Kepler News and Results

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Re: Kepler News and Results

Post by Galzi on 10th September 2012, 12:54 pm

A somewhat sobering update from Kepler scientists:

http://www.sciencenews.org/view/feature/id/343947/title/Planetary_Peekaboo

Kepler’s star field is overly rambunctious, with natural brightness fluctuations much greater than expected for stars like the sun, says Jon Jenkins of the SETI Institute in Mountain View, Calif. “It was a big surprise to us that the typical solarlike star is noisier than the sun,” says Jenkins, Kepler’s lead analytical guru. “The sun really isn’t a ‘solarlike star.’ ”

Quite interesting, just wondering the impact of this far larger stellar activity on life of potential habitable planets. Maybe we've been too much optimist in assigning "Solar-like" friendly qualities to stars with similar spectral type of the Sun.
On the other hand proposed missions like TESS and Plato should came back to the working board, either employing larger mirrors or planning longer observation runs to mitigate the lower SNR of planetary transits.

“We see the now-familiar rise in planet occurrence as you go to smaller planet sizes, down to two Earth radii,” said Andrew Howard of the University of Hawaii at Manoa. “And then something interesting happens: The occurrence actually falls.”

Let's hope this is due to the above cited SNR troubles. If the trend holds up that would be quite disappointing.

Marcy presented preliminary data at the astronomy meeting suggesting that planets begin to transition from bloated, watery mini-Neptunes to rocky Earths when they are somewhat smaller than two Earths. But he hasn’t surveyed enough planets to know for sure.
Since smaller planets tug less on a parent star, measuring the star’s wobbles requires a supersensitive, stable instrument. “The U.S. currently doesn’t have one,” says Marcy, who performs radial velocity follow-up measurements on the planets for which it is possible. “It’s a huge embarrassment.”

We're not going to characterize the large majority of small size Kepler planets for a while.

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Re: Kepler News and Results

Post by tommi59 on 10th September 2012, 1:20 pm

I already saw couple weeks ago the marcy data but the most if not all of the planets presented had significant mass loss and this can change a lot. .What if earth is the biggest planet with some land and other (slightly larger)are 100% water worlds -big disappointment but it could be true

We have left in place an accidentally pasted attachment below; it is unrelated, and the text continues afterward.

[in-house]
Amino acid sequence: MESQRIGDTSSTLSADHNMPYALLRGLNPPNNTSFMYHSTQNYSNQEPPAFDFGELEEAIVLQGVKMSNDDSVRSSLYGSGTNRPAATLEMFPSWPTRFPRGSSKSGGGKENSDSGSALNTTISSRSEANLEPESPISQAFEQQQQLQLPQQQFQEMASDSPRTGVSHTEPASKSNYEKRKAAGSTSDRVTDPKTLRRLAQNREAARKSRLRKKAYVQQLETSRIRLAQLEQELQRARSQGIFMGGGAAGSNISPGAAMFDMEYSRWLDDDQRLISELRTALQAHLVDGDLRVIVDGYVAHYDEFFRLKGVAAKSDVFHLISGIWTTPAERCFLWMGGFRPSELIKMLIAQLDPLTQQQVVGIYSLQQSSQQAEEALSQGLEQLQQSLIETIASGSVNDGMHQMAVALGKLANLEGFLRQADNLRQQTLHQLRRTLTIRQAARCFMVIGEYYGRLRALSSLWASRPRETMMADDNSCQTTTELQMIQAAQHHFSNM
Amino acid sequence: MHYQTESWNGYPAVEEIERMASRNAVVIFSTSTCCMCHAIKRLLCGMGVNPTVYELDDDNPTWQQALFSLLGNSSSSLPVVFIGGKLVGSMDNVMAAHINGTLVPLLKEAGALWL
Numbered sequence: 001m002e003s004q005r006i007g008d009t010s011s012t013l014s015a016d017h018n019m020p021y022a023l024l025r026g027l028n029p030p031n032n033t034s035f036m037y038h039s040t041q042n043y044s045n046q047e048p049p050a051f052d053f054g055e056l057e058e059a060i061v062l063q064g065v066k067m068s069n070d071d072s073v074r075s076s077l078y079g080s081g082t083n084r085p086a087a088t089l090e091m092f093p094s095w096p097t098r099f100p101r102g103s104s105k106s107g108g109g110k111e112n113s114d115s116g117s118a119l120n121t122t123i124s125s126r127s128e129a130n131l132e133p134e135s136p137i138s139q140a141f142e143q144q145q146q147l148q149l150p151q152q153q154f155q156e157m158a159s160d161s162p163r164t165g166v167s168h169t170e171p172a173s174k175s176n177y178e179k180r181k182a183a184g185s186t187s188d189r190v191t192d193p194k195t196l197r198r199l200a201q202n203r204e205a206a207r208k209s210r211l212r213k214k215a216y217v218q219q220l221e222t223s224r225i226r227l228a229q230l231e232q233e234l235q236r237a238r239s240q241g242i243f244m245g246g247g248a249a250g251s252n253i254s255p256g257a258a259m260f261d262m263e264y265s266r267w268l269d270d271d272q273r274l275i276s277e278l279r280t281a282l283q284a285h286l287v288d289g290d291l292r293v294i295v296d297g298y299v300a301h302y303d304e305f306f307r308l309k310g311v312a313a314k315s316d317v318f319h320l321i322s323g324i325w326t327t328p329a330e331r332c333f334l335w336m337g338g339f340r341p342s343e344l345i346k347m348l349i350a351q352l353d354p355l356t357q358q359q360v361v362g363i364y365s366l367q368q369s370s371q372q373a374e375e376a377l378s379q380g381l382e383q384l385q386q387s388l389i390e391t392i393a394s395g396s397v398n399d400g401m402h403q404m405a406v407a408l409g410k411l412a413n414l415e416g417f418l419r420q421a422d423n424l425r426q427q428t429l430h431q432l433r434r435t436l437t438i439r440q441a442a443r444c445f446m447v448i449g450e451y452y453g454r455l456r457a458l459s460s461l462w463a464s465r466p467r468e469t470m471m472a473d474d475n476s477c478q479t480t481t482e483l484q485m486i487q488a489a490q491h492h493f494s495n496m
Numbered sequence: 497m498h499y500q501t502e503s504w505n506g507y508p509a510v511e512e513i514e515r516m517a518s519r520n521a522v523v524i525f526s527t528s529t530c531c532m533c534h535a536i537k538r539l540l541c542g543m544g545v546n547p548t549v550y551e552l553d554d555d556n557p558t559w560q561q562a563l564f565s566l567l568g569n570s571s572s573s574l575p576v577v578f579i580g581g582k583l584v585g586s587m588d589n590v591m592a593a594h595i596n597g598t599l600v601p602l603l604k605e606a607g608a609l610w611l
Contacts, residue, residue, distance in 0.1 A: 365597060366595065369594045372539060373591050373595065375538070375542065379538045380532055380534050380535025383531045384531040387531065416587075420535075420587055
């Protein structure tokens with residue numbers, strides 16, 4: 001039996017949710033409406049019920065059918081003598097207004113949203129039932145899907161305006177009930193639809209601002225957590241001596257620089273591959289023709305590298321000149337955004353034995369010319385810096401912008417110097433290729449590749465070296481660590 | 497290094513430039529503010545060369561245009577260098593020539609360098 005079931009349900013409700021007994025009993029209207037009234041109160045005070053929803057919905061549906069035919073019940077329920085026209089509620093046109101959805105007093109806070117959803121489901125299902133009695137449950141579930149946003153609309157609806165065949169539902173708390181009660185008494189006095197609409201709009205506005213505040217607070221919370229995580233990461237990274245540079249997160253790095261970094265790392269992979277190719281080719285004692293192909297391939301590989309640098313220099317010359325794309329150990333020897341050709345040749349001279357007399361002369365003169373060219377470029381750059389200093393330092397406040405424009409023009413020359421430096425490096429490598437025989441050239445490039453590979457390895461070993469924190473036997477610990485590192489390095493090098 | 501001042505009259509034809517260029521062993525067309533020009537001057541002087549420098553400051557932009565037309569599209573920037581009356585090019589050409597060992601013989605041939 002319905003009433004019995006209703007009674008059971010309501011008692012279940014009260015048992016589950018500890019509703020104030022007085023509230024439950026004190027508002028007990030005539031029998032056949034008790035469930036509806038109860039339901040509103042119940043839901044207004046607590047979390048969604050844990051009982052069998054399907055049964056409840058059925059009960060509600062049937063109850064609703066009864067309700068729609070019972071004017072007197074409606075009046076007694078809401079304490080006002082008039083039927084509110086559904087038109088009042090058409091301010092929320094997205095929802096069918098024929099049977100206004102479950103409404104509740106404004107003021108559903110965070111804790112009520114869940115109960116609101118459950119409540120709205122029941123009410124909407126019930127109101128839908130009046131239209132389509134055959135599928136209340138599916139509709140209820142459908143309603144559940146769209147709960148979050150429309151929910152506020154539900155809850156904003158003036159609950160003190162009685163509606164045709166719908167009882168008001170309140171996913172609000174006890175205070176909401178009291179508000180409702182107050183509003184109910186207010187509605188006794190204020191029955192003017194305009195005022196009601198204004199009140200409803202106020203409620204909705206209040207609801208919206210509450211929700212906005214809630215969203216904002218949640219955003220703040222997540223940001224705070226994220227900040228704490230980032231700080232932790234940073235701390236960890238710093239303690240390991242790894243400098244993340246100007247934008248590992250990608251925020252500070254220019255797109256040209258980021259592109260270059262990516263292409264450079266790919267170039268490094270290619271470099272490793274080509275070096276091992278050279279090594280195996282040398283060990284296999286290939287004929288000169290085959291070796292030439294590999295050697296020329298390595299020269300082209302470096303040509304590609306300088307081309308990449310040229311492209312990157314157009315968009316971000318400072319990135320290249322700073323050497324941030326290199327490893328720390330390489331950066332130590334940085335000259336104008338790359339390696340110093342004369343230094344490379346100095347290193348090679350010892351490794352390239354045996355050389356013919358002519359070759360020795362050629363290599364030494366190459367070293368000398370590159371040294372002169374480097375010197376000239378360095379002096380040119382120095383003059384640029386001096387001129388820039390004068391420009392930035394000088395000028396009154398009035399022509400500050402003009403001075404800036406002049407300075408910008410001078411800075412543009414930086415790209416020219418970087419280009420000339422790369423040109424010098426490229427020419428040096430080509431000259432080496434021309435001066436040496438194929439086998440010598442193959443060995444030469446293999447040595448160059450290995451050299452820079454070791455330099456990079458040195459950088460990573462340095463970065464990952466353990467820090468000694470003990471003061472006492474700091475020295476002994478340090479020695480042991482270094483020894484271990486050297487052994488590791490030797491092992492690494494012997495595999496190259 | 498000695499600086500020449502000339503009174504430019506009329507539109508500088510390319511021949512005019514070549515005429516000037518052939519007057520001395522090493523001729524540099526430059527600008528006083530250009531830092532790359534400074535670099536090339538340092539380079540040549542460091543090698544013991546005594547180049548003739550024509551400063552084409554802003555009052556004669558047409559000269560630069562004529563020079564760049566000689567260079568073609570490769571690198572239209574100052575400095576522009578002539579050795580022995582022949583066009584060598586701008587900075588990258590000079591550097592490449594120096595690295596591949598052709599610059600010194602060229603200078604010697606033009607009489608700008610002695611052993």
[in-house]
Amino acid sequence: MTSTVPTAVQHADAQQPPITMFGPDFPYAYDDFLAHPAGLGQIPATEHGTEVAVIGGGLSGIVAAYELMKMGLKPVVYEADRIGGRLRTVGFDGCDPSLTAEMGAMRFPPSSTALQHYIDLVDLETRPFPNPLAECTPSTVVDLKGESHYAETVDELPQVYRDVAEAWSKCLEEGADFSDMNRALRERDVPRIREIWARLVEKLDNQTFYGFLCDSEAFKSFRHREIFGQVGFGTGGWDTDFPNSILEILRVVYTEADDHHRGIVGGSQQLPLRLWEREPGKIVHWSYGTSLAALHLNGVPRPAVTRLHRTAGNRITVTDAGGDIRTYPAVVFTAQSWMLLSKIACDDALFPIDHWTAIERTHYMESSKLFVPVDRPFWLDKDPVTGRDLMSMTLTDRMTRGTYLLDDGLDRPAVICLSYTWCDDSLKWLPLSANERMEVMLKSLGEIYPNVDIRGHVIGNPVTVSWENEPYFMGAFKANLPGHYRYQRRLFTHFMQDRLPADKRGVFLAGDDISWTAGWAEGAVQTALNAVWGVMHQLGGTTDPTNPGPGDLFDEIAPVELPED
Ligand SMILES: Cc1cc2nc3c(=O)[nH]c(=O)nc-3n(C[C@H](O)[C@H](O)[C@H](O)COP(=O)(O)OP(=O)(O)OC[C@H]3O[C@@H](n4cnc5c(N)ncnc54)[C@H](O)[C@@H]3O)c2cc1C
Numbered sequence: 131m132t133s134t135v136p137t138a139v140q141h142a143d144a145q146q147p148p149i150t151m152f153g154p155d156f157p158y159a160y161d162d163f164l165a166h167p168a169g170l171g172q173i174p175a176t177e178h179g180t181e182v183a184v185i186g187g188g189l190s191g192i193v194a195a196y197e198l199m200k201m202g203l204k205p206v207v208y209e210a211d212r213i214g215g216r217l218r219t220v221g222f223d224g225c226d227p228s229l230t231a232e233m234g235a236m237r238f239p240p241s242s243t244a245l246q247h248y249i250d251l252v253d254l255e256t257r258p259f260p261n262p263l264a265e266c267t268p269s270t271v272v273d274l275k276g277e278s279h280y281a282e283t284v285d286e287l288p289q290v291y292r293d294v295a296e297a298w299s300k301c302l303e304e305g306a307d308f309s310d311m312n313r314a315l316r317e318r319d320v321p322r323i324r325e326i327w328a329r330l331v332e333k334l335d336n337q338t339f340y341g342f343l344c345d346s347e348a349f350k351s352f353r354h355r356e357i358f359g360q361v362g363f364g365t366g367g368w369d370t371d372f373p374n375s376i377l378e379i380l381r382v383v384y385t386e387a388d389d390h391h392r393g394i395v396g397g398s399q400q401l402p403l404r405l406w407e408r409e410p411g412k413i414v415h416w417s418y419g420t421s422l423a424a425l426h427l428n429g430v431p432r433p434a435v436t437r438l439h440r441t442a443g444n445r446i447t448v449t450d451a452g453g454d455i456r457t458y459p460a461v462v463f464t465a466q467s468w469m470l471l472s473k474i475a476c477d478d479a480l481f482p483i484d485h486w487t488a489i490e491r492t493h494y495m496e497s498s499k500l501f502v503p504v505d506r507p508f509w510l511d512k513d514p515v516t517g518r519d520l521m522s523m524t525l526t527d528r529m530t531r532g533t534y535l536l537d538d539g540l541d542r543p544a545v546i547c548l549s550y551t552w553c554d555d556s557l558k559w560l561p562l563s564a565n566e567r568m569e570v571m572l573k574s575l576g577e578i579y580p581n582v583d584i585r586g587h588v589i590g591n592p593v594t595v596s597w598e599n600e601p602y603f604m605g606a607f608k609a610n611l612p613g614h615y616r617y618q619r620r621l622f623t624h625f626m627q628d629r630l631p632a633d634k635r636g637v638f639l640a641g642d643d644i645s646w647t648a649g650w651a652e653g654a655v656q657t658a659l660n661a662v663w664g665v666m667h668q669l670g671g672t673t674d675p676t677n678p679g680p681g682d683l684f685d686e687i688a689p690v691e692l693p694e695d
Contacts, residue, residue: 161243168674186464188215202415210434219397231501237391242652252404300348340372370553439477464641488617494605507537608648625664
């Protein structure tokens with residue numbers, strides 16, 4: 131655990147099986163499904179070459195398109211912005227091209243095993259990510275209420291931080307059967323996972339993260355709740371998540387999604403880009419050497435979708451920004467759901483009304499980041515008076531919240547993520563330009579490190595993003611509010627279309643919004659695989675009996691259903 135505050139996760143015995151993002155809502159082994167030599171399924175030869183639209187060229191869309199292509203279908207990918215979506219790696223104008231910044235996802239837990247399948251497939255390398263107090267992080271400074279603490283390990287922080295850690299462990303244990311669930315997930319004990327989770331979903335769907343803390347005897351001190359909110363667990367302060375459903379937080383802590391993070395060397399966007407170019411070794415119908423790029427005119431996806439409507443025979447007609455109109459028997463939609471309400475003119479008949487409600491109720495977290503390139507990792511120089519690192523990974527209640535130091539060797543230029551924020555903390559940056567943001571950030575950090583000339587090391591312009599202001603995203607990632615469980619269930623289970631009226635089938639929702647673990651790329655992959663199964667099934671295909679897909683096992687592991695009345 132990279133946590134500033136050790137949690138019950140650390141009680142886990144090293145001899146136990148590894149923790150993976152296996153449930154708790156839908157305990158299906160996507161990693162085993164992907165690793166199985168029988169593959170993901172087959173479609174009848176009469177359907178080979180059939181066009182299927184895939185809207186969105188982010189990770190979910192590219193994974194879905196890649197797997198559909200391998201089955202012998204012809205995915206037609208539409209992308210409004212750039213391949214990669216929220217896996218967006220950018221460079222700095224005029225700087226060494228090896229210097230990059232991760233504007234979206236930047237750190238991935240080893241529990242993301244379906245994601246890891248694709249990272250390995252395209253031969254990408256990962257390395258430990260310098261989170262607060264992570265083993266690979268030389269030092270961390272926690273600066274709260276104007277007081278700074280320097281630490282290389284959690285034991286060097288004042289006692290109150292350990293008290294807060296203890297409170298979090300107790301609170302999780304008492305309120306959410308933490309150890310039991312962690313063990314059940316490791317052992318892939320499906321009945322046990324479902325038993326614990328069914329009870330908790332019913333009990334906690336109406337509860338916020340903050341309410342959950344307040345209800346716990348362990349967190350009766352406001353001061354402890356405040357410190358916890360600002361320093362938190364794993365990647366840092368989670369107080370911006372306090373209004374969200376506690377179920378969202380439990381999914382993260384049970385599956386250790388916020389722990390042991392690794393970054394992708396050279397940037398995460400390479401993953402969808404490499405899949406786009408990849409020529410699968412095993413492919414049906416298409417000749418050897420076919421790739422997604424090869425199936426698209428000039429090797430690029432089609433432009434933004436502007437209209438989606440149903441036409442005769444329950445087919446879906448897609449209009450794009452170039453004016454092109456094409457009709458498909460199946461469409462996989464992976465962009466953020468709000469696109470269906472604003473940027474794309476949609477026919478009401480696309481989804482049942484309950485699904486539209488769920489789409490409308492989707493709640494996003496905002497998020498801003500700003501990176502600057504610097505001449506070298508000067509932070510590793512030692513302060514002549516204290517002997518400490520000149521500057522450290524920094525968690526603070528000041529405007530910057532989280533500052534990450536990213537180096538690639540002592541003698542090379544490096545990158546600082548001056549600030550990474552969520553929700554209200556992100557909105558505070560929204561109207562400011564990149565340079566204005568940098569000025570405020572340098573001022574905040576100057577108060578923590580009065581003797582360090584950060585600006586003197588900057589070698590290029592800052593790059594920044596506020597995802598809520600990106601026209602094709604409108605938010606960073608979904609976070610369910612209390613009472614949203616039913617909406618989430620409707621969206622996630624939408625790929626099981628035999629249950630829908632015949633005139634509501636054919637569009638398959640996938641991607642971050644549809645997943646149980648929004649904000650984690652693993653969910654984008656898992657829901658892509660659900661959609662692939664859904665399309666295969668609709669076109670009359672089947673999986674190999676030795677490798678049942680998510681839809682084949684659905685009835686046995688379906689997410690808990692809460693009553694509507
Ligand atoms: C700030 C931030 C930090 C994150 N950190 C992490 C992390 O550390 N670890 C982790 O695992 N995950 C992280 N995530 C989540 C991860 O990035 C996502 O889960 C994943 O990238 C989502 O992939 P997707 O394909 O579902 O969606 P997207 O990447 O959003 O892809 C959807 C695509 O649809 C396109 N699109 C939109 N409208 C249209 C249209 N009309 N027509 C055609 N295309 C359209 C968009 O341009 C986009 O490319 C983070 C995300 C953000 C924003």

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Re: Kepler News and Results

Post by jyril on 10th September 2012, 1:47 pm

Galzi wrote:On the other hand proposed missions like TESS and Plato should came back to the working board, either employing larger mirrors or planning longer observation runs to mitigate the lower SNR of planetary transits.

...which would mean much higher mission costs, something which is unthinkable in the current economical situation.

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Re: Kepler News and Results

Post by PlutonianEmpire on 10th September 2012, 6:03 pm

Kepler's supposed to be observing about 150,000 stars, right? Now, we've found about 2000 or 3000 or so planet candidates, right?

Whose smart idea was it to suggest that the MW has about 1.6 planets for every star? Shouldn't we have found a lot more planets by now?

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Re: Kepler News and Results

Post by Sirius_Alpha on 10th September 2012, 6:09 pm

Wasn't that from microlensing studies? (and thus, applicable to a very different parameter space than Kepler is probing)

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Re: Kepler News and Results

Post by tommi59 on 11th September 2012, 3:48 am

http://www.google.ie/url?sa=t&rct=j&q=&esrc=s&frm=1&source=web&cd=3&cad=rja&sqi=2&ved=0CCoQFjAC&url=http%3A%2F%2Fkepler.nasa.gov%2Ffiles%2Fmws%2F2011marcy_geoffSciCon.pptx&ei=qvhOUJX1FNSQhQeh8IDoBw&usg=AFQjCNH-Mai5qP2G5bt1RmwnvmsKc5MhjA&sig2=JtQy4jMFVRM82ZFBGcKYzg